Trust me! I’ve fixed a lot of messed up people from other someone taking a stab in the dark type treatment program. DONT DO IT!

Test #1 Cheapest.

Measures Amino acid levels in the blood. These tests are often available through many different labs. Although easy to do, in my experience and opinion are not necessarily the best route to go. Amino acid levels are not a true representation of neurotransmitter levels in the body. The Amino acids are precursors to transmitters and can be extrapolated to give you an indication of neurotransmitter levels in the body.
Which brings me to the next problem. You then have to infer or extrapolate what those extrapolated levels in the body mean for the brain. In short, One guess leads to another guess. The answer won’t be too accurate.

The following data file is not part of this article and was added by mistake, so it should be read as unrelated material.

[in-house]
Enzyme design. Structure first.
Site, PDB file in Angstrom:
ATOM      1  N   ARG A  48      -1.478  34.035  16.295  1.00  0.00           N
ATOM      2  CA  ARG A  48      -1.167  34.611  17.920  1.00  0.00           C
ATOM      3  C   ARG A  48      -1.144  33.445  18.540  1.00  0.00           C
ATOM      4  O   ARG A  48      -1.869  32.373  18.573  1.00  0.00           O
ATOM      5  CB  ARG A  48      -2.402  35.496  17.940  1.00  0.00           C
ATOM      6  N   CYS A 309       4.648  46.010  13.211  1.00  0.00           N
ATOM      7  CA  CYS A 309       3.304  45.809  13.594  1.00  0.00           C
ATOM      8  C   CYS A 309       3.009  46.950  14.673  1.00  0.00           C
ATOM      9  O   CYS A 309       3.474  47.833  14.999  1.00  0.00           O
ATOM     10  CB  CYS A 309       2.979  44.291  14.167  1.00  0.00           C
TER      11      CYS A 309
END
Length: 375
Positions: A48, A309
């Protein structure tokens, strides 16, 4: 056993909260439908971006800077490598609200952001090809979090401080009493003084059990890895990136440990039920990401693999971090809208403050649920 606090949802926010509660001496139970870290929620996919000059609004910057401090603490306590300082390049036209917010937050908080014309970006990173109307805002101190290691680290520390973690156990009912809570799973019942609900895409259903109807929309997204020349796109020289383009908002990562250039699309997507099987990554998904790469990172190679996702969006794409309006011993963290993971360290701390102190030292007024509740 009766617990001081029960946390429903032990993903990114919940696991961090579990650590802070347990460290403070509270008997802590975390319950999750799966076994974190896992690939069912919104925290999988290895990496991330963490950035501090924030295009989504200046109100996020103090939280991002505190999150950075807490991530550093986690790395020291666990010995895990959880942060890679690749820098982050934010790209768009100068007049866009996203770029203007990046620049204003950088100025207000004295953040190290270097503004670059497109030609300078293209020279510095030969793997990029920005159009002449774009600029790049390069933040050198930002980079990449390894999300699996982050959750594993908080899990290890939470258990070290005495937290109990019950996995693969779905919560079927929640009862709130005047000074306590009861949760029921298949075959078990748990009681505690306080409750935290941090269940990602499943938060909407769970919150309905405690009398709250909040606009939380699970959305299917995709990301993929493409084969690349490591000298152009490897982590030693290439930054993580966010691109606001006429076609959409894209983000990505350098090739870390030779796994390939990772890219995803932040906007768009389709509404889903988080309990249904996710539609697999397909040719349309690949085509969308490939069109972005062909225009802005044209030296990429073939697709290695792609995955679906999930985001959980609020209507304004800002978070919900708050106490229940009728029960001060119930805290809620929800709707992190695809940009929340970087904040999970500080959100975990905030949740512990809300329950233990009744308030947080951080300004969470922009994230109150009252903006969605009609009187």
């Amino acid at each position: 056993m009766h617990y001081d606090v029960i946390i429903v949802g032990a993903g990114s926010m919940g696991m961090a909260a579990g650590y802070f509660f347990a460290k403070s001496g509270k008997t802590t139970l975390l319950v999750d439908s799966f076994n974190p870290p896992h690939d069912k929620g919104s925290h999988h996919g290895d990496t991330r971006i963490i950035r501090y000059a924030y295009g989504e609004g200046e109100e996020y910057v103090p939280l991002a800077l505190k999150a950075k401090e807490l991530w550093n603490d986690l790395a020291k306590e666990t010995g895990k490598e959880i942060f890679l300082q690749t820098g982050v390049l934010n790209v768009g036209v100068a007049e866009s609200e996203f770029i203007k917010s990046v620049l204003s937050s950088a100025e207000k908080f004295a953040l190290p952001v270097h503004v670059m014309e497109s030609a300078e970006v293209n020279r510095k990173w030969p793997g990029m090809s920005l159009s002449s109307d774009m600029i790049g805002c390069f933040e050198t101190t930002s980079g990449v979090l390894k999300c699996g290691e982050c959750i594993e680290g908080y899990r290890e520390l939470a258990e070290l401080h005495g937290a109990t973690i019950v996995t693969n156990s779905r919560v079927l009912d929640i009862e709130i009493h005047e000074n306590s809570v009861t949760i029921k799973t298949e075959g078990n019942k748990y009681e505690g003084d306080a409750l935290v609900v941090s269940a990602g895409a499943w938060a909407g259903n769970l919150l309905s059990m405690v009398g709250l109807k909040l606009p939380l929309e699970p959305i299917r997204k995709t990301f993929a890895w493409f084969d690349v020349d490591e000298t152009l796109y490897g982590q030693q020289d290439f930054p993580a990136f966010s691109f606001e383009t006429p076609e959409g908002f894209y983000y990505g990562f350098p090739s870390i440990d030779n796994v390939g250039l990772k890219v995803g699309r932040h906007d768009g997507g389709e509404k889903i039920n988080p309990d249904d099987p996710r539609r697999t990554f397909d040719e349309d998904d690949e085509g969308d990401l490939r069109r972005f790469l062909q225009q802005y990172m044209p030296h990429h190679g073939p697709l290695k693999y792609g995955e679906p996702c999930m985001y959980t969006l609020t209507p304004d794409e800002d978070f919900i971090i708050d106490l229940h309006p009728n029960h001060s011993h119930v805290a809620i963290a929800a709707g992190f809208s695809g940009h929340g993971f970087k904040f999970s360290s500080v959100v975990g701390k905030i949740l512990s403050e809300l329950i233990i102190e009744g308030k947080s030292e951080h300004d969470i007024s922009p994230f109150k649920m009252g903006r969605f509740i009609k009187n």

Test #2 Best and next cheapest

Measure the neurotransmitter levels in the urine and sometimes spot blood. With this test we are actually measuring the levels of the neurotransmitters in the body. The argument against this is…these levels don’t tell us whats in the brain. My answer is - you are exactly right!
But we can make a more educated inference. It will also tell us pretty directly if the interventions we are doing are actually making a difference and how they are affecting you. In my opinion this really is the only way you can or should get tested. Its cheap, easy and fast. Just the way I like it.

Test #3 Most accurate and Most expensive
I’ll just say this about this method of testing. No one ever does it. EVER! Why? because in order to actually measure the true level of neurotransmitters in the brain I’m sure you can guess would be pretty darn invasive. We will just leave it at that. DONT DO IT!

Chill out,

Dr. Craig Mortensen

P.S. - I offer Free consultations for anyone wanting a little guidance as well as phone or Skype appointments.
Give me a call (714) 996-6840 or Contact me to set one up.